Mentzer says today the MB-2000 simulator is in service at respected bus properties across North America as well as London Bus in the UK.
Rochester-Genesee RTA trains remedially
Rochester-Genesee RTA, Rochester, NY, implemented the FAAC simulator to address post-incident training, an area of emphasis in the agency.
Veteran drivers charged with an incident received remedial training for one year in two groups: one on the simulator, the other by traditional classroom-based methods. The results showed a 5 percent accident rate from post-incident training for the simulator–trained operators compared to the 39 percent accident rate of non-simulator trained operators.
Paducah Area Transit System hits the road
The Paducah Area Transit System (PATS) operates a mobile training classroom outfitted in an elaborate semi rig to deliver instruction directly to the doorsteps of rural transit properties and school districts throughout the state.
The mobile classroom is equipped with six kiosks, a cutaway van simulator, a municipal bus simulator and a transit police simulator.
Since simulator training began in 2006 the total number of accidents dropped 44 percent from FY 2006 to 2007. PATS reported the training reduced preventable accidents by 64 percent.
“Our transit customers use our simulators to promote basic skill development and teach the driving formulas that are core to a safe and efficient bus operation,” says Mentzer. “They also use our simulators to conduct return to work refreshers, annual certification training, CDL exam training and effective corrective action lessons to operators involved in collisions with fixed objects, pedestrians or other vehicles.”
Flexible enough for all
As a flexible training solution for multi-modal agencies, FAAC can customize its products for a variety of transit vehicles with various power sources —standard diesel, hybrid, electric, CNG and propane. The simulator can accommodate training on cutaway body on chassis paratransit vehicles with functional wheel chair lifts, as well as shuttles and electric trolleys that draw power from overhead wires.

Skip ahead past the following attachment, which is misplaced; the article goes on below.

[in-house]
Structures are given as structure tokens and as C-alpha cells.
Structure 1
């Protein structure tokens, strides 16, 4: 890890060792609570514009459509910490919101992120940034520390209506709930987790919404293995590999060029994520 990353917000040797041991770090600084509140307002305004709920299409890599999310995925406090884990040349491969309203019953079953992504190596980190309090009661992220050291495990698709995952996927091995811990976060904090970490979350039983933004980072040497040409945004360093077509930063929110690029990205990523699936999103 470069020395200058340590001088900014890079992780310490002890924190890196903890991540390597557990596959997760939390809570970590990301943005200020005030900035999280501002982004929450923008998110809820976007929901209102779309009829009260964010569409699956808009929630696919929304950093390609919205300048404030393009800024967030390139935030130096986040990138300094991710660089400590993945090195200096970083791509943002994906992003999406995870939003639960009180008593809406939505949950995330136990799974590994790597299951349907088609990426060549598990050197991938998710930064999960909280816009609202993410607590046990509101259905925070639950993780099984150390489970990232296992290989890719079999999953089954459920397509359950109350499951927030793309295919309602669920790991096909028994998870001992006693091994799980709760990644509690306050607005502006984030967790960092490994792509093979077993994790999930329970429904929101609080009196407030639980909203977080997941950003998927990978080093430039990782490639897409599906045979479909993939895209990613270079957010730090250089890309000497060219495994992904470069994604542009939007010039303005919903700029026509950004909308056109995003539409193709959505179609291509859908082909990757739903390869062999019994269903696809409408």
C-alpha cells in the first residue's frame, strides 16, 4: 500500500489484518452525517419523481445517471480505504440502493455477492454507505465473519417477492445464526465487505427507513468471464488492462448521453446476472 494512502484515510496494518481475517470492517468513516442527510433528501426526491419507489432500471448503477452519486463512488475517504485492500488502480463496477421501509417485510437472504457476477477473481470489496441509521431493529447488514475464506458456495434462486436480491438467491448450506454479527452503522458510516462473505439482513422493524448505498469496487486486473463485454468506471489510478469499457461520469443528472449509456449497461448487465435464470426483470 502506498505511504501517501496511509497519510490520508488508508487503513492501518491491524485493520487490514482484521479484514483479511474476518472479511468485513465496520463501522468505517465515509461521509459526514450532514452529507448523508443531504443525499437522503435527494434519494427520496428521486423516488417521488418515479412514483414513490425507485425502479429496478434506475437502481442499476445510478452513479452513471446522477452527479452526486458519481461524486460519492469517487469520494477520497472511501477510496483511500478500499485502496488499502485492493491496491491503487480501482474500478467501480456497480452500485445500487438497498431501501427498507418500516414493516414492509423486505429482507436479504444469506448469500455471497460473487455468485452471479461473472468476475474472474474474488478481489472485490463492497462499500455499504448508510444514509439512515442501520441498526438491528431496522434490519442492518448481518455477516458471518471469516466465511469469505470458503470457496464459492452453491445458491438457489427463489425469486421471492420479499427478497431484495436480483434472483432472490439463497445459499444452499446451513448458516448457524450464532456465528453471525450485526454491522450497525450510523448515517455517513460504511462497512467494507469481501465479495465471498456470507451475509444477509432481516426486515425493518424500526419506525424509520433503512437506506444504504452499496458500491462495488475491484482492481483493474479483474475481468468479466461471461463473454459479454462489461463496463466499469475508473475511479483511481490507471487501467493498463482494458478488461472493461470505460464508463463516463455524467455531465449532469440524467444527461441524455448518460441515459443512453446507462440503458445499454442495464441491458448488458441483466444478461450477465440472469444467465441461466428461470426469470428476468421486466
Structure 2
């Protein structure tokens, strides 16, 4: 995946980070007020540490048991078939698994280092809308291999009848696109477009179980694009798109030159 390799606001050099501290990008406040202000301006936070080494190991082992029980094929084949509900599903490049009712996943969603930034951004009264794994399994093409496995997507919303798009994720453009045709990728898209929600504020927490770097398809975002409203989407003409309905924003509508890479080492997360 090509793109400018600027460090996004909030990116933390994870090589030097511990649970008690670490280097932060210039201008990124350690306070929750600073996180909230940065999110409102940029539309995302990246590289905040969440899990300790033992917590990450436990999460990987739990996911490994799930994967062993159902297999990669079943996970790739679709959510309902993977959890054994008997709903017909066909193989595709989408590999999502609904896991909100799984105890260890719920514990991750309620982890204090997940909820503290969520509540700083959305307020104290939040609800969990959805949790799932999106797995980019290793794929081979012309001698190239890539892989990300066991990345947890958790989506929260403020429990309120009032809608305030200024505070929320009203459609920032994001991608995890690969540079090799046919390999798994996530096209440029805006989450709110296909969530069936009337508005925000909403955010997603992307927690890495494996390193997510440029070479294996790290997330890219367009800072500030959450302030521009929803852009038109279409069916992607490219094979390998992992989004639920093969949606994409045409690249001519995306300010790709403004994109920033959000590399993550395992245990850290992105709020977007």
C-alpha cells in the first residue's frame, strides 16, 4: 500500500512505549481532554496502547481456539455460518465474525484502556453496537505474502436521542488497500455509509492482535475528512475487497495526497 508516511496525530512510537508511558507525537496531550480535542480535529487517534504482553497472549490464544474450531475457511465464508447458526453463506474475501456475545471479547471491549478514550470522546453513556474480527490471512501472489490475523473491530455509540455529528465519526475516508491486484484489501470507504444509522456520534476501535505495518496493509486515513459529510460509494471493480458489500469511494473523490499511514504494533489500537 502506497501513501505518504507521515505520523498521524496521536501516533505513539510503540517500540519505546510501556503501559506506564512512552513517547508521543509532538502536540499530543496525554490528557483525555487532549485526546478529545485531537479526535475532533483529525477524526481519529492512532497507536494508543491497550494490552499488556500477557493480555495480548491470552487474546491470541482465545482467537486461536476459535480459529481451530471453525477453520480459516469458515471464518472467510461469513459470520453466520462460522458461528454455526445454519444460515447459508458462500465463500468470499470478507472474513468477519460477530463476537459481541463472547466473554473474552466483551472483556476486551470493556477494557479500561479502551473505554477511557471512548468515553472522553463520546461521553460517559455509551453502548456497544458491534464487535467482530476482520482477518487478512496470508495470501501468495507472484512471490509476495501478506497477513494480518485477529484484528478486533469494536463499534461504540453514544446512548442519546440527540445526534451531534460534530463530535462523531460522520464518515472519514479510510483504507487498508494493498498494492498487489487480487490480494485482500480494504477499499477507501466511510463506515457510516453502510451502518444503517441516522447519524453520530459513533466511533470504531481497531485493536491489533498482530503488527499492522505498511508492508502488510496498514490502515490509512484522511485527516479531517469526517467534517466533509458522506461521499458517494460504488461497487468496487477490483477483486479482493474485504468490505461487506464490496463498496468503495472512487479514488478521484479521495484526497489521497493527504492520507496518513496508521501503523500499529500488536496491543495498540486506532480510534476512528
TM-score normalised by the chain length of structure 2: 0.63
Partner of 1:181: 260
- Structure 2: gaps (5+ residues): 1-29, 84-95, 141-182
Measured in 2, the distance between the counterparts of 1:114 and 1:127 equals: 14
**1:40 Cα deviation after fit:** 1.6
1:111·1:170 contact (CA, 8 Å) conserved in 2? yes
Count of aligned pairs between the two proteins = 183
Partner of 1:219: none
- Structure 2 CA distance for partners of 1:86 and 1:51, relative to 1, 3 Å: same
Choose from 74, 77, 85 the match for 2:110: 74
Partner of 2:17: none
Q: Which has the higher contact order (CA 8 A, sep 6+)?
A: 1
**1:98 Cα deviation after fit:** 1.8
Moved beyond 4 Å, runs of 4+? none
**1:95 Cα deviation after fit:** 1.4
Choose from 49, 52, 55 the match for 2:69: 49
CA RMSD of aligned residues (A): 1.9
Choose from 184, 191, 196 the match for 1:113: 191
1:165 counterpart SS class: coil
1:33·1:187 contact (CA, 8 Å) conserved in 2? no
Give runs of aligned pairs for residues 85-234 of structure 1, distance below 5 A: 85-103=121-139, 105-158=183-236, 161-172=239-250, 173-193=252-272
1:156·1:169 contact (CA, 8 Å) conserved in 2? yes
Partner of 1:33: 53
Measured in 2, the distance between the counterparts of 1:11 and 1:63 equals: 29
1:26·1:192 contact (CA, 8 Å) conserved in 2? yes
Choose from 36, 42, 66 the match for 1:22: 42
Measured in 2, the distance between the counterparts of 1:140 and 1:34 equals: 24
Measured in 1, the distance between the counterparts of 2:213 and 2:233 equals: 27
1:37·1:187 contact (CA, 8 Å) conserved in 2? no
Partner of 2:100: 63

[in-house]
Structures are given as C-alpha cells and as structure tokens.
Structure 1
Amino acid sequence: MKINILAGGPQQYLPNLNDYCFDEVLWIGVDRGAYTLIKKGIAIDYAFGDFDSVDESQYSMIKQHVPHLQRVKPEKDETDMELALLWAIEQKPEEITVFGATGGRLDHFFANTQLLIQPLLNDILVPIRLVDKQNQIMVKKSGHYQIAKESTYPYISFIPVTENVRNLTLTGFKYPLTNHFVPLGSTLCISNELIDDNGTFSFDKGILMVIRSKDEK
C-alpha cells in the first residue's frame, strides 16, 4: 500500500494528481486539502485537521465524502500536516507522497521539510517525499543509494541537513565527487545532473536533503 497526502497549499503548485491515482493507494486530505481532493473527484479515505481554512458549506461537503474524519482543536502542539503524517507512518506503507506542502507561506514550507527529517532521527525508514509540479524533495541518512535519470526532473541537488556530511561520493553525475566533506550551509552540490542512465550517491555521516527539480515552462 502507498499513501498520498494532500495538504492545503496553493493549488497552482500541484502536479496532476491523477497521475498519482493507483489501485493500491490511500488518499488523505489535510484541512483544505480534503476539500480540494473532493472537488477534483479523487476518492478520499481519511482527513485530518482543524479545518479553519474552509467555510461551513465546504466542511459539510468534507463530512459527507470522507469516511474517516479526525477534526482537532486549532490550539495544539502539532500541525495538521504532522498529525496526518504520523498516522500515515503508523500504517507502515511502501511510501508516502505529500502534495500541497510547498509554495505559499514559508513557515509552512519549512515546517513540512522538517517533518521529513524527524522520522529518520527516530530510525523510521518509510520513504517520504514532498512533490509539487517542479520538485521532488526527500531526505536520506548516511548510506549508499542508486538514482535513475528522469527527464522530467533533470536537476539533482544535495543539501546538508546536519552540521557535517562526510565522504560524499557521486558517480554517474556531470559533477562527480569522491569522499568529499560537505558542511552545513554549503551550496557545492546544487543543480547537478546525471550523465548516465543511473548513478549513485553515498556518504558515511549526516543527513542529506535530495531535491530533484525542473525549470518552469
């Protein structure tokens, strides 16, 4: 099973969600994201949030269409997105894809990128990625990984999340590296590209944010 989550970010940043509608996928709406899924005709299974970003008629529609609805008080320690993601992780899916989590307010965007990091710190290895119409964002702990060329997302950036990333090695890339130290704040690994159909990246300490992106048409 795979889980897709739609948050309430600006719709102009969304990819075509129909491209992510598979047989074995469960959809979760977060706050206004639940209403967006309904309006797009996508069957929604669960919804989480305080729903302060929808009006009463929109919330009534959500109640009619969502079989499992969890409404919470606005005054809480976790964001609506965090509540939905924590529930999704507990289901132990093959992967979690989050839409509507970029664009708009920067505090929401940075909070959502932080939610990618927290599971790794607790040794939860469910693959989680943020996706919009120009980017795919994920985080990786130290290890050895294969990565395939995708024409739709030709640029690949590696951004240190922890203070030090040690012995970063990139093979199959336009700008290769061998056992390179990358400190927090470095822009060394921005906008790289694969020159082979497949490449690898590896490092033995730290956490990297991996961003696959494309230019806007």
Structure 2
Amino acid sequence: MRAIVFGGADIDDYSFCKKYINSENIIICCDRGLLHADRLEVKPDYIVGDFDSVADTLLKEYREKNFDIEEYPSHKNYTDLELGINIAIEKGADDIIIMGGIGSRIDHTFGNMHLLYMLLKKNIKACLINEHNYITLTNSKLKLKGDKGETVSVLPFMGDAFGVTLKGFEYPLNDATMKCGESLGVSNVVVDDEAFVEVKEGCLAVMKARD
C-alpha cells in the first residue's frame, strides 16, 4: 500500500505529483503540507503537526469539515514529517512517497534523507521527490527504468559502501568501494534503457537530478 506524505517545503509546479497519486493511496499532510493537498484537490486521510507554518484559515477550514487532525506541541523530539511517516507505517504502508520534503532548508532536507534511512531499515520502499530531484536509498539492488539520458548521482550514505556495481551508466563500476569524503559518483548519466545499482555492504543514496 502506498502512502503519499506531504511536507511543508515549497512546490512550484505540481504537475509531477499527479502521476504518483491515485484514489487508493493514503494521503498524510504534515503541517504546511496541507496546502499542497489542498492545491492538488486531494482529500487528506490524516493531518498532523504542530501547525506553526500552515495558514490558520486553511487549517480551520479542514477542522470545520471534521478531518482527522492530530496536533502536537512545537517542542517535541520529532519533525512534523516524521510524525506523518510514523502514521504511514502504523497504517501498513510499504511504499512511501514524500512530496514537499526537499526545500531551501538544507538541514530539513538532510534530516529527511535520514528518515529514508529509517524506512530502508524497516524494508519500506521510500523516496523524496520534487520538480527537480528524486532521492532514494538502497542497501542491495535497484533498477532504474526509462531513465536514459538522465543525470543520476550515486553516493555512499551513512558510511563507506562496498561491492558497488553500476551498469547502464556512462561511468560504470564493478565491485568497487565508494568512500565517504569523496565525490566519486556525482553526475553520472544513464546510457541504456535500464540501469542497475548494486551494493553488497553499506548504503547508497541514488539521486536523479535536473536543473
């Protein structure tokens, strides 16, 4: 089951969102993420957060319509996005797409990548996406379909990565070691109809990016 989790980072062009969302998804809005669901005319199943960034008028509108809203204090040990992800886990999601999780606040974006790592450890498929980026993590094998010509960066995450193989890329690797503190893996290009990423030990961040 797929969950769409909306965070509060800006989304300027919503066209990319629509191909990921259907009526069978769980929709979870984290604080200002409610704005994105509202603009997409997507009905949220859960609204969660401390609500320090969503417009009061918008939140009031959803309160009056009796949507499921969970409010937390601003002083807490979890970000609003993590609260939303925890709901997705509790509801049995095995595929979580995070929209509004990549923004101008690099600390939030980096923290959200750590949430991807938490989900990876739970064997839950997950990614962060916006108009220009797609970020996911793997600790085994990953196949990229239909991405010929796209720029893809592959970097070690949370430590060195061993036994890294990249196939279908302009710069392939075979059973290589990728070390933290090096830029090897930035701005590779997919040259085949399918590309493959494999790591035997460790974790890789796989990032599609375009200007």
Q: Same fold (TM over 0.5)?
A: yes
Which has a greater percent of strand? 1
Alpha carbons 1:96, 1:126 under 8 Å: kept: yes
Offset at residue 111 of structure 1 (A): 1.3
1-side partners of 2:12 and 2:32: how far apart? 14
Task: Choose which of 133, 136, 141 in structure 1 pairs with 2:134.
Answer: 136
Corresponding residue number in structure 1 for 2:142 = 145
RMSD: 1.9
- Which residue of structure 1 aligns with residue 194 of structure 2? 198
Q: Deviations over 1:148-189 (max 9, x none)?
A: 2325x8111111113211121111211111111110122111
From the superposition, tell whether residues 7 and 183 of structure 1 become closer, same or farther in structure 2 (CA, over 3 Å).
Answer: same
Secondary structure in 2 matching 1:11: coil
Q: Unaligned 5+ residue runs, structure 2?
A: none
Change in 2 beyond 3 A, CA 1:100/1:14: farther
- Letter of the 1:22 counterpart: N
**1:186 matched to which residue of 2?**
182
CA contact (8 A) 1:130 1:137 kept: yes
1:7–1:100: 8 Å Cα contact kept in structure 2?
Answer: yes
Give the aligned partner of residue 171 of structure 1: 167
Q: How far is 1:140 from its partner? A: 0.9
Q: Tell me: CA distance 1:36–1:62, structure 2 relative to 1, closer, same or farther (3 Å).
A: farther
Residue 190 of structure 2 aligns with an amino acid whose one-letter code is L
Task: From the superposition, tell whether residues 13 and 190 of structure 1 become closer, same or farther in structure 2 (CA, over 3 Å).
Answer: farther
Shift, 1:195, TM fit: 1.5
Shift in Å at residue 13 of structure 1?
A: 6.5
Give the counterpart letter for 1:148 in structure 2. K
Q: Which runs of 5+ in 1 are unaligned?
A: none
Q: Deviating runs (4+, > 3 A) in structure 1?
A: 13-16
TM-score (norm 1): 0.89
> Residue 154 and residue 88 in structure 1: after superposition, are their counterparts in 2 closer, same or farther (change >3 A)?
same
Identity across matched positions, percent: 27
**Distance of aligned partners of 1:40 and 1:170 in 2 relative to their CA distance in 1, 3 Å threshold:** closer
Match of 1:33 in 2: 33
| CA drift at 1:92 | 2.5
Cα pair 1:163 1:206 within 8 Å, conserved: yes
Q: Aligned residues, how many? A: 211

FAAC users report reductions of preventable accidents by as much as 64 percent. In addition, the training has significantly reduced critical risk exposures that often result in personal injury claims, such as accidents involving bicyclists.
The Scenario ToolBoxTM Script Authoring Software can be used to develop custom, repeatable training lessons with specific maneuvers instructors can define to accomplish specific learning objectives.
“We believe a focused approach toward application of the simulator is the best return on investment for prospective agencies,” says Mentzer. “We maintain a staff of in-house experts and support personnel an agency can rely as members of their training and risk management teams.” BR
Simulator preliminaries to consider
Simulators should be used as a supplemental tool to reinforce an existing operator training curriculum.
Simulators enable trainees to practice difficult maneuvers in the safety of the classroom.
Simulators are not meant to replace seat time on an actual bus or coach, but their proper use can reduce fuel and related training costs.
Simulators offer the opportunity to reinforce specific learning objectives with practical lessons that mimic actual driving maneuvers.
Student drivers are allowed to make mistakes in the virtual environment as part of the learning process.
Simulators can present scripted or randomly occurring traffic conditions.